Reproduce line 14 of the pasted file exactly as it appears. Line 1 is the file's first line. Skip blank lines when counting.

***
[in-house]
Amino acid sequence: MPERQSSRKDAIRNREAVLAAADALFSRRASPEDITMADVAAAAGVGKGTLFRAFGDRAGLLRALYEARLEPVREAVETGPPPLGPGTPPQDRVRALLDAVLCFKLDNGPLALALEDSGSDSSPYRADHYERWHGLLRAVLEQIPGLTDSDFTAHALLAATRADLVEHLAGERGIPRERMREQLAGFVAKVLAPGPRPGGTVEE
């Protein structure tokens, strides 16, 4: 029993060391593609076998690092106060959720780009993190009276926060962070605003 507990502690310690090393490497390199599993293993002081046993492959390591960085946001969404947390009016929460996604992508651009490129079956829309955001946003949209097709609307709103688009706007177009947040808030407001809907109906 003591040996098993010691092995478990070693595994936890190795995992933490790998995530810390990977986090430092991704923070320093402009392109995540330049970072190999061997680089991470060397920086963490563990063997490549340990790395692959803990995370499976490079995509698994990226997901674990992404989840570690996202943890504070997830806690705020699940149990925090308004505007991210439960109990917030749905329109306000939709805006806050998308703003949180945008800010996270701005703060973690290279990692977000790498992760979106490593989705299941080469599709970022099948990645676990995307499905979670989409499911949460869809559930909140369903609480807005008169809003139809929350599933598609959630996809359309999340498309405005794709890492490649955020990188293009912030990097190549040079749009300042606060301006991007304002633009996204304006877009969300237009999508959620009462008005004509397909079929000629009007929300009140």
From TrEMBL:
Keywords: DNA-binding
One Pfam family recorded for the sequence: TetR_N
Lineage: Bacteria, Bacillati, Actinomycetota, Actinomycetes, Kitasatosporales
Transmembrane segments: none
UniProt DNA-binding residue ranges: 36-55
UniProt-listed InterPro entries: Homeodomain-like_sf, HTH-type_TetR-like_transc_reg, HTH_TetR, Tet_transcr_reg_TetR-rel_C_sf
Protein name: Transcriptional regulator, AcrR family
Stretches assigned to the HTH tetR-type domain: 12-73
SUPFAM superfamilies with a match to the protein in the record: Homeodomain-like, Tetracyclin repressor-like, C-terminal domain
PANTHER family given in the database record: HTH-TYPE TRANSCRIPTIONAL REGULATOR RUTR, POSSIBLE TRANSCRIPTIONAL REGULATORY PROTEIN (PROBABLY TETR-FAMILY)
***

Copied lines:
PANTHER family given in the database record: HTH-TYPE TRANSCRIPTIONAL REGULATOR RUTR, POSSIBLE TRANSCRIPTIONAL REGULATORY PROTEIN (PROBABLY TETR-FAMILY)